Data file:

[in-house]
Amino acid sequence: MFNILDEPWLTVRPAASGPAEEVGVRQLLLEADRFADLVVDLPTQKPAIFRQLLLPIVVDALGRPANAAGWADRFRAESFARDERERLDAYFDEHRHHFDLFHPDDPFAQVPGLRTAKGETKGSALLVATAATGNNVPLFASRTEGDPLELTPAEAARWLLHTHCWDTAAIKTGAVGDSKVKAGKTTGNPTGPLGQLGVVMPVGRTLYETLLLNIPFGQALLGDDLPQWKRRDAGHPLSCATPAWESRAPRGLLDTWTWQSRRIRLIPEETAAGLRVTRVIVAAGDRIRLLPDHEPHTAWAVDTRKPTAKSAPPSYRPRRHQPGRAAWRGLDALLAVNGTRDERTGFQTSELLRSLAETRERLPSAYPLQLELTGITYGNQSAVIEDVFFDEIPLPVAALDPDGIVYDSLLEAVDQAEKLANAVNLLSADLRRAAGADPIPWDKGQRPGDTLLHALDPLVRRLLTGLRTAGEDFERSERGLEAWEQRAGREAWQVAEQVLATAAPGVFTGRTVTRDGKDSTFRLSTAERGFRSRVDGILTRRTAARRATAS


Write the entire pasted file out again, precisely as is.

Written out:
[in-house]
Amino acid sequence: MFNILDEPWLTVRPAASGPAEEVGVRQLLLEADRFADLVVDLPTQKPAIFRQLLLPIVVDALGRPANAAGWADRFRAESFARDERERLDAYFDEHRHHFDLFHPDDPFAQVPGLRTAKGETKGSALLVATAATGNNVPLFASRTEGDPLELTPAEAARWLLHTHCWDTAAIKTGAVGDSKVKAGKTTGNPTGPLGQLGVVMPVGRTLYETLLLNIPFGQALLGDDLPQWKRRDAGHPLSCATPAWESRAPRGLLDTWTWQSRRIRLIPEETAAGLRVTRVIVAAGDRIRLLPDHEPHTAWAVDTRKPTAKSAPPSYRPRRHQPGRAAWRGLDALLAVNGTRDERTGFQTSELLRSLAETRERLPSAYPLQLELTGITYGNQSAVIEDVFFDEIPLPVAALDPDGIVYDSLLEAVDQAEKLANAVNLLSADLRRAAGADPIPWDKGQRPGDTLLHALDPLVRRLLTGLRTAGEDFERSERGLEAWEQRAGREAWQVAEQVLATAAPGVFTGRTVTRDGKDSTFRLSTAERGFRSRVDGILTRRTAARRATAS